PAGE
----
> >> mass-processor to offer the "delicious look" in photos.
    > >> It's that "too good to be real" look in photos - and, while I
    > >> agree
    > >> we need to distinguish between what the gutsy hi-res hi-def muscle
    > >> cams produce, relative to HDR's whimsical faux-art; HDR has
    > >> accomplished much relative to the underlying goal of photography
    > >> itself -
    > >> to record an image which tells a story. It isnt purism... it
    > >> definitely
    > >> is photographic art though.

    >
    > >> END

    >
    > >I'd say that the closest thing that I know of (for digital photos) is
    > >DxO. I find it is not too subtle, but use it to mass-convert stuff
    > >when I come back from a trip and so on. eg I went to Genova a couple
    > >of months ago for work, and found time for a few shots which I then
    > >converted using dxo (I didn't touch most of them, adjusted WB in a
    > >few). This is the result
    > >http://www.pbase.com/al599/genova
    > >I think it's ok for automatic adjustments. They're ok for printing too
    > >(but can be made much better by manual tweaking and using a better raw
    > >conversion). There probably are other converters that have automatic
    > >adjustments, but DxO can also do it on tiffs, jpegs etc.

    >
    > >The new generation of raw converters/editors (lightzone, capture NX
    > >and possibly others I'm missing) is also making things more automatic
    > >(or more photographic, compared to photoshop).

    >
    > DxO is the slowest and biggest piece of overpriced bloatware I've ever run
    > across in any category of software.


    Yes, it's big, slow and clunky. And overpriced.

    > You can get the same or better capabilities
    > in Mediachance's "DCE AutoEnhance Pro" for $40.


    No, in fact you don't.
     
    acl, Oct 8, 2007
    #5
  6. stuseven

    stuseven Guest

    > WHAT? It made about 40% of my photos look impossibly bad, and the
    > remaining 60% merely wrong. It looked like a totally badly
    > done unsharp mask ... halos around everything!
    >
    > Doug McDonald


    + right Doug... or, at least, in it's last dying embodiments...
    various
    things only retaining the name "Perfect Touch" gave any new users a
    bad taste for the service, and, those - such as myself, who saved
    pennies
    and nickels just to afford another set of these gems - soon learned of
    its
    demise as a viable service - thus, indeed, my reason for lamenting
    such.

    Granted, it was not geared for pro photographers... in fact,
    unless you
    used one of their one-time-use film cameras, chances of getting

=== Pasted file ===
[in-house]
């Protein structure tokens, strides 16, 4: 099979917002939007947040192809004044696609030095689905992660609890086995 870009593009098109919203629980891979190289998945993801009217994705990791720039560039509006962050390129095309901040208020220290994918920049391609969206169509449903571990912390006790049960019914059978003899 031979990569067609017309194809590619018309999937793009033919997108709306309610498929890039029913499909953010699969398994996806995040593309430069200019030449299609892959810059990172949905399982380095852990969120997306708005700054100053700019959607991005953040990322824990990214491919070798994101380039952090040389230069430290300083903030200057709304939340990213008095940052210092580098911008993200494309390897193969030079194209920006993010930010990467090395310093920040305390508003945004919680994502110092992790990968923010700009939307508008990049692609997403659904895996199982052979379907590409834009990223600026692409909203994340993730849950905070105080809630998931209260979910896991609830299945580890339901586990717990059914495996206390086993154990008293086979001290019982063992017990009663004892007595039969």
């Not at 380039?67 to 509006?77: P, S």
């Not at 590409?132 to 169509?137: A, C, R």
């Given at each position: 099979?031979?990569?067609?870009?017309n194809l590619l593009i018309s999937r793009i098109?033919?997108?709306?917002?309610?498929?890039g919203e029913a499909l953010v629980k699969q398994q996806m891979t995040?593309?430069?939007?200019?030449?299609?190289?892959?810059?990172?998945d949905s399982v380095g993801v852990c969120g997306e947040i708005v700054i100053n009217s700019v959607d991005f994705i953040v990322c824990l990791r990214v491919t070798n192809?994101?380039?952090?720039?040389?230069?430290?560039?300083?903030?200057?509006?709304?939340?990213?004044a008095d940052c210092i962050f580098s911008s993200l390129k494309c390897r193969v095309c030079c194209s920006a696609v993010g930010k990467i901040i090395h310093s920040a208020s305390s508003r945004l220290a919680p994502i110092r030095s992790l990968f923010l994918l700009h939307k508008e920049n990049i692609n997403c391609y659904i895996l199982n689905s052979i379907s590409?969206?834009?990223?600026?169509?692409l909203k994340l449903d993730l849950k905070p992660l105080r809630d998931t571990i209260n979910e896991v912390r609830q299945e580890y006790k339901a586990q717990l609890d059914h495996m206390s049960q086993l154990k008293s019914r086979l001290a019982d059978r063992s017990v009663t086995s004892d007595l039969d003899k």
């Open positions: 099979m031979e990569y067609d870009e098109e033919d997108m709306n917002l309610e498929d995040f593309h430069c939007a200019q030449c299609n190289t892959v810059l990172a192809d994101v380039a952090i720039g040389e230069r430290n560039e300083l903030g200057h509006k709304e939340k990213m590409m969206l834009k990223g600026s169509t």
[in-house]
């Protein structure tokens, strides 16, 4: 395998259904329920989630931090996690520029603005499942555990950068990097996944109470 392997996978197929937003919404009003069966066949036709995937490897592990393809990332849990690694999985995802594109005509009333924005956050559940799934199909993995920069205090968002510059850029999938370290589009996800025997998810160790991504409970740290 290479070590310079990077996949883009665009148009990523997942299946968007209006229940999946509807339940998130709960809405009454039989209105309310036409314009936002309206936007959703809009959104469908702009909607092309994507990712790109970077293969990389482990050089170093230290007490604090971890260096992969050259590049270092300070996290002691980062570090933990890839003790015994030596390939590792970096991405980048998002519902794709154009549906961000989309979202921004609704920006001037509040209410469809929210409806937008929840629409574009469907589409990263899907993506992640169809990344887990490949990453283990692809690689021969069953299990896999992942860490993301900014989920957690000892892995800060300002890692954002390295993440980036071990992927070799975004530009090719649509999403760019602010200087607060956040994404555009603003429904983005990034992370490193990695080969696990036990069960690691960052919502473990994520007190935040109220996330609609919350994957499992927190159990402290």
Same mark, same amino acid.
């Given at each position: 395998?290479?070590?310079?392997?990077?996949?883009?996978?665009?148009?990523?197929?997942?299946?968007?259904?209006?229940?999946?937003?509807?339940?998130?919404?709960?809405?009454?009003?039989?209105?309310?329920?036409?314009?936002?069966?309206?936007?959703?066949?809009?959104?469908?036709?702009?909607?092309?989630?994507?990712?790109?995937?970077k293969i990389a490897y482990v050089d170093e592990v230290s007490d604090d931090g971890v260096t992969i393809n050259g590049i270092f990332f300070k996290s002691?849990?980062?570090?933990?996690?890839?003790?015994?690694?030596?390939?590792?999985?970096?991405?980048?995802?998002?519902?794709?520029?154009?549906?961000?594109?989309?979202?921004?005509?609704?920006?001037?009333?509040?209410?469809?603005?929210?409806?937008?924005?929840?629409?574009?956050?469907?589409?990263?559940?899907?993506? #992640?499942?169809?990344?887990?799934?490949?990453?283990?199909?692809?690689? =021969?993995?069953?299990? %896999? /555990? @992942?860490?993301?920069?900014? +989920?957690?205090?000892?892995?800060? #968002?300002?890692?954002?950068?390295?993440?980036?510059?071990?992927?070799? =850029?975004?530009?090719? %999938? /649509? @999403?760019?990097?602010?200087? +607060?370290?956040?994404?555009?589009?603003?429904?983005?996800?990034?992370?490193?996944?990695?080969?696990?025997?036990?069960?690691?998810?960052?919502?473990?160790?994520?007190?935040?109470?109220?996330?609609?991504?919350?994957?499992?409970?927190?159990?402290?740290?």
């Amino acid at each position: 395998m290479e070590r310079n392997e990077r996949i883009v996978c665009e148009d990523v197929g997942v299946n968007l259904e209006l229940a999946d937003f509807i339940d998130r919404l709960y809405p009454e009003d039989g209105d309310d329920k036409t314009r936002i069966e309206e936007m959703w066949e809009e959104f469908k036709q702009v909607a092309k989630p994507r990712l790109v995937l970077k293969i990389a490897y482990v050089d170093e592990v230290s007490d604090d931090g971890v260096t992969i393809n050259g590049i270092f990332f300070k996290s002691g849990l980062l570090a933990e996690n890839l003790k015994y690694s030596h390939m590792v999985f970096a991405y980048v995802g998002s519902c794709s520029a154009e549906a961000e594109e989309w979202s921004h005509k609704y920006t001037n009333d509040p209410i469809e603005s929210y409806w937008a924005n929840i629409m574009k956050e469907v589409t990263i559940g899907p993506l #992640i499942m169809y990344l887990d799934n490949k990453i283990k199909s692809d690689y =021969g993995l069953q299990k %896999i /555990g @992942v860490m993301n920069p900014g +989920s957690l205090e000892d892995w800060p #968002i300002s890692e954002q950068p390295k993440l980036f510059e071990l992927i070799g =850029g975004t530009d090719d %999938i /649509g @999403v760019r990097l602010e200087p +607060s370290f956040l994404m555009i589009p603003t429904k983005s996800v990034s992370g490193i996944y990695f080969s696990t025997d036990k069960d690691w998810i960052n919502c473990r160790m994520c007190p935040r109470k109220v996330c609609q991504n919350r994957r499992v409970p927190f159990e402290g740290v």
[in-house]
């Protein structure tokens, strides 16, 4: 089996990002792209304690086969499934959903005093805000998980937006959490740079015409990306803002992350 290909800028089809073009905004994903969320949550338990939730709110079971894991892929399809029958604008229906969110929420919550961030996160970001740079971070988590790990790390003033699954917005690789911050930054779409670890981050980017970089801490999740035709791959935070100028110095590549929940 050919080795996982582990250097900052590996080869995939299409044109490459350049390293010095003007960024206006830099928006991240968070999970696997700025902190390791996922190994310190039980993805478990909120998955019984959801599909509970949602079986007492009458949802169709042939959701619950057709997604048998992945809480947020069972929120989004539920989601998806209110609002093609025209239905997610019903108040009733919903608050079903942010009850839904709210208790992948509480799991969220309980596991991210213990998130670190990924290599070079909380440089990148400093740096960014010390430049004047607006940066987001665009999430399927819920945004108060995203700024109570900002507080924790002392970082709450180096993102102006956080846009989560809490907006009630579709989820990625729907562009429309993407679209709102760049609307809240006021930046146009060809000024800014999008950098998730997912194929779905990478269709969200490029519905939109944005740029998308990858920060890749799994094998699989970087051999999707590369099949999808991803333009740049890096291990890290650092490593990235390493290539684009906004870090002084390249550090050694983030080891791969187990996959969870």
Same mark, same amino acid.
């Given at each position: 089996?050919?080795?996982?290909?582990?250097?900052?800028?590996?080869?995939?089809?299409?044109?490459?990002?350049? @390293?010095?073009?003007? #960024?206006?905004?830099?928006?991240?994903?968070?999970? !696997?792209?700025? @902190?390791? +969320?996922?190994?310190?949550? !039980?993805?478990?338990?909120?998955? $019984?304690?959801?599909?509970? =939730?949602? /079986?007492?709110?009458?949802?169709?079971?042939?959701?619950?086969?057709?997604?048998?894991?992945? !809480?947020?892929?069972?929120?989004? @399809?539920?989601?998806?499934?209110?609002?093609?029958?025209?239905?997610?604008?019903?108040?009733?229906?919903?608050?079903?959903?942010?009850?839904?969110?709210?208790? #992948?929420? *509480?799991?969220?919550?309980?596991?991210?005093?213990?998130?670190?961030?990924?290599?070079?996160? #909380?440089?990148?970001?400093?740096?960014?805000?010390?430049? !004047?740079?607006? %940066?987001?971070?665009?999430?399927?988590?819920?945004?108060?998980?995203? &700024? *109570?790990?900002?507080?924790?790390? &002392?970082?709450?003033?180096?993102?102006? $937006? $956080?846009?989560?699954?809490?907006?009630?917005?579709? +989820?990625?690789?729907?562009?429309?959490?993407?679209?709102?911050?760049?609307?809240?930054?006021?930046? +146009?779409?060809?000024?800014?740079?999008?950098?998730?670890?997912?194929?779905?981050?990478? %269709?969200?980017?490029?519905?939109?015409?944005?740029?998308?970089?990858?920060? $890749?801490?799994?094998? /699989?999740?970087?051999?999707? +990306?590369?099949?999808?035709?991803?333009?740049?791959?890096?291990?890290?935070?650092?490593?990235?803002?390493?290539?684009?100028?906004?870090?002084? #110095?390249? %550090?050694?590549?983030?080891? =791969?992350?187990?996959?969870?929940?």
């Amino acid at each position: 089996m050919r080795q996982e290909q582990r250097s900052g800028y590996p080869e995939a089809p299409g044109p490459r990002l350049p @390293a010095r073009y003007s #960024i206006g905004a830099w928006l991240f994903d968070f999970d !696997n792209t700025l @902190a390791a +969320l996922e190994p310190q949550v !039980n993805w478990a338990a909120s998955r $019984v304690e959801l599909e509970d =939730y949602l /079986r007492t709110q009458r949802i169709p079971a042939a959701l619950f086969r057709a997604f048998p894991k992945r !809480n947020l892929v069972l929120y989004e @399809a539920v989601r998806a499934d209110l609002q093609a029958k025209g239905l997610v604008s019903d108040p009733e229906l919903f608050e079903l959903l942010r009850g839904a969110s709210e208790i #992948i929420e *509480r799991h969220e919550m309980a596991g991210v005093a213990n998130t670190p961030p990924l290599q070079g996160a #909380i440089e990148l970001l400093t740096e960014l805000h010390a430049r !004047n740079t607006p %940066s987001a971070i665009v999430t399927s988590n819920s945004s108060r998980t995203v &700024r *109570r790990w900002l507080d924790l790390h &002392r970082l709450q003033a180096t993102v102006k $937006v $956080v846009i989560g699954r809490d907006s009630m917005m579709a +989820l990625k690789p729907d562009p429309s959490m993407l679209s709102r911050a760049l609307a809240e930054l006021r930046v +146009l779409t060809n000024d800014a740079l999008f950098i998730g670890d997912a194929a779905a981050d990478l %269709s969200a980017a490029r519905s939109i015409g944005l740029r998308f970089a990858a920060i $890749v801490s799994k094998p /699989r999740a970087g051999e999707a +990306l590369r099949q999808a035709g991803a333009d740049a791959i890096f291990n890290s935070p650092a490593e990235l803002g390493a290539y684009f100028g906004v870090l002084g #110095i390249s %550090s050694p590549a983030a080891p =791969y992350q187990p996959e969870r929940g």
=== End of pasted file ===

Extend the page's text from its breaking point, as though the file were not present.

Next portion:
results
    were severely hampered. In that sense, it is unfair to even mention
    that
    service in this newsgroup, but I have done so, instead, respecting the
    breakthrough consumer service Kodak's Perfect Touch once represented.
     
    stuseven, Oct 8, 2007
    #6
  7. stuseven

    stuseven Guest


    > I'd say that the closest thing that I know of (for digital photos) is
    > DxO. I find it is not too subtle, but use it to mass-convert stuff
    > when I come back from a trip and so on. eg I went to Genova a couple
    > of months ago for work, and found time for a few shots which I then
    > converted using dxo (I didn't touch most of them, adjusted WB in a
    > few). This is the resulthttp://www.pbase.com/al599/genova


    + yum yum... some of the nicest out of the camera digital
    conversion
    Ive seen - thank you for sharing !
     
    stuseven, Oct 8, 2007
    #7
  8. stuseven

    stuseven Guest


    > DxO is the slowest and biggest piece of overpriced bloatware I've ever run
    > across in any category of software. You can get the same or better capabilities
    > in Mediachance's "DCE AutoEnhance Pro" for $40. It reads the EXIF info and
    > adjusts your photos according to your preferences from the EXIF tags and camera
    > make and model. The very same way that DxO does its thing. It's been around for
    > years before DxO. DxO only became known through their relentless spam tactics
    > back then. The only advantage that DxO was hoped to have had was trying to
    > adjust for lateral chromatic aberration by EXIF info, something that AutoEnhance
    > does not do. But then DxO has always failed at that task anyway. I always hoped
    > it would help with CA, it does not. I tested it again thoroughly about 3 months
    > ago to see if they ever improved it. I uninstalled it. I don't leave useless
    > bloatware of that size on my hard-drive. Since I have to do CA corrections